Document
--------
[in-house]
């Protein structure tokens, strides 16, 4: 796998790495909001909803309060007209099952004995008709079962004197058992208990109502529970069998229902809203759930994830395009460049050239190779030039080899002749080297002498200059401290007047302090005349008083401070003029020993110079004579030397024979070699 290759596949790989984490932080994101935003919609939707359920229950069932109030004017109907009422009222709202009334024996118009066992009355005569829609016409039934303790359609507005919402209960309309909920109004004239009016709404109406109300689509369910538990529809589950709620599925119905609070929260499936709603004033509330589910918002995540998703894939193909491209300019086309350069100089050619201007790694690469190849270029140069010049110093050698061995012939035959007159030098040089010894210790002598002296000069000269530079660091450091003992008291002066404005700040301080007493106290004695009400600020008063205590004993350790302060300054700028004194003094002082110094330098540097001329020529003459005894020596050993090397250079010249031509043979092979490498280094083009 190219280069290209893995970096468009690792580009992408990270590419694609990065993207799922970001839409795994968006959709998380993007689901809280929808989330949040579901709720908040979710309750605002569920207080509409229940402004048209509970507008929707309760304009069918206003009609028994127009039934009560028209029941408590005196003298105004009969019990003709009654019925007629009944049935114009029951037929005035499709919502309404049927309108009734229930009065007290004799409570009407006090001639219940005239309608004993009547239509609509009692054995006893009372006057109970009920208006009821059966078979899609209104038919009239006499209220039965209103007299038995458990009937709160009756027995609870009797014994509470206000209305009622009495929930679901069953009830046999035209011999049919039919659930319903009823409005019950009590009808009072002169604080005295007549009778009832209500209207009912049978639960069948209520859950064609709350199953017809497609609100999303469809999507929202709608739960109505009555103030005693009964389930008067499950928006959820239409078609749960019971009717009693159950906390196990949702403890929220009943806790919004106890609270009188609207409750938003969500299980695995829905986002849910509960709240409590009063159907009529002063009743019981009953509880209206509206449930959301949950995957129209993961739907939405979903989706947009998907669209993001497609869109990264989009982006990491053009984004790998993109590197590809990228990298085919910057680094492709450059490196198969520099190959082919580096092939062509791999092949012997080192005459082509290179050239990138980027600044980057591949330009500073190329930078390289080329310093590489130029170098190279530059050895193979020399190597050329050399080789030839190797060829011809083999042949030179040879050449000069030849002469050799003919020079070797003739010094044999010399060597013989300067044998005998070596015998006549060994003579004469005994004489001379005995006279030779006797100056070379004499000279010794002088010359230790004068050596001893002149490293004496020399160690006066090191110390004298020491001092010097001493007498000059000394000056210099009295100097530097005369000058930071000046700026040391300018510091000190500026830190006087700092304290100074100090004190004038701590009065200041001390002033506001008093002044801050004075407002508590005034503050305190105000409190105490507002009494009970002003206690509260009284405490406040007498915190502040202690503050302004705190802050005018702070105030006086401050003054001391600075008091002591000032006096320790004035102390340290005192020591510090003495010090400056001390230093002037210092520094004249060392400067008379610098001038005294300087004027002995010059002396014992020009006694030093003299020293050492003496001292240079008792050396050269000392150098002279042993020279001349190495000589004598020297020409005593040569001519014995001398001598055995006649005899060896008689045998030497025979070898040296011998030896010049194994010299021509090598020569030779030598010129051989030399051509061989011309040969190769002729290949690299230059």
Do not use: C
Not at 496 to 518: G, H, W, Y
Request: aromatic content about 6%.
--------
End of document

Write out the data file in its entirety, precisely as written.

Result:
[in-house]
């Protein structure tokens, strides 16, 4: 796998790495909001909803309060007209099952004995008709079962004197058992208990109502529970069998229902809203759930994830395009460049050239190779030039080899002749080297002498200059401290007047302090005349008083401070003029020993110079004579030397024979070699 290759596949790989984490932080994101935003919609939707359920229950069932109030004017109907009422009222709202009334024996118009066992009355005569829609016409039934303790359609507005919402209960309309909920109004004239009016709404109406109300689509369910538990529809589950709620599925119905609070929260499936709603004033509330589910918002995540998703894939193909491209300019086309350069100089050619201007790694690469190849270029140069010049110093050698061995012939035959007159030098040089010894210790002598002296000069000269530079660091450091003992008291002066404005700040301080007493106290004695009400600020008063205590004993350790302060300054700028004194003094002082110094330098540097001329020529003459005894020596050993090397250079010249031509043979092979490498280094083009 190219280069290209893995970096468009690792580009992408990270590419694609990065993207799922970001839409795994968006959709998380993007689901809280929808989330949040579901709720908040979710309750605002569920207080509409229940402004048209509970507008929707309760304009069918206003009609028994127009039934009560028209029941408590005196003298105004009969019990003709009654019925007629009944049935114009029951037929005035499709919502309404049927309108009734229930009065007290004799409570009407006090001639219940005239309608004993009547239509609509009692054995006893009372006057109970009920208006009821059966078979899609209104038919009239006499209220039965209103007299038995458990009937709160009756027995609870009797014994509470206000209305009622009495929930679901069953009830046999035209011999049919039919659930319903009823409005019950009590009808009072002169604080005295007549009778009832209500209207009912049978639960069948209520859950064609709350199953017809497609609100999303469809999507929202709608739960109505009555103030005693009964389930008067499950928006959820239409078609749960019971009717009693159950906390196990949702403890929220009943806790919004106890609270009188609207409750938003969500299980695995829905986002849910509960709240409590009063159907009529002063009743019981009953509880209206509206449930959301949950995957129209993961739907939405979903989706947009998907669209993001497609869109990264989009982006990491053009984004790998993109590197590809990228990298085919910057680094492709450059490196198969520099190959082919580096092939062509791999092949012997080192005459082509290179050239990138980027600044980057591949330009500073190329930078390289080329310093590489130029170098190279530059050895193979020399190597050329050399080789030839190797060829011809083999042949030179040879050449000069030849002469050799003919020079070797003739010094044999010399060597013989300067044998005998070596015998006549060994003579004469005994004489001379005995006279030779006797100056070379004499000279010794002088010359230790004068050596001893002149490293004496020399160690006066090191110390004298020491001092010097001493007498000059000394000056210099009295100097530097005369000058930071000046700026040391300018510091000190500026830190006087700092304290100074100090004190004038701590009065200041001390002033506001008093002044801050004075407002508590005034503050305190105000409190105490507002009494009970002003206690509260009284405490406040007498915190502040202690503050302004705190802050005018702070105030006086401050003054001391600075008091002591000032006096320790004035102390340290005192020591510090003495010090400056001390230093002037210092520094004249060392400067008379610098001038005294300087004027002995010059002396014992020009006694030093003299020293050492003496001292240079008792050396050269000392150098002279042993020279001349190495000589004598020297020409005593040569001519014995001398001598055995006649005899060896008689045998030497025979070898040296011998030896010049194994010299021509090598020569030779030598010129051989030399051509061989011309040969190769002729290949690299230059």
Do not use: C
Not at 496 to 518: G, H, W, Y
Request: aromatic content about 6%.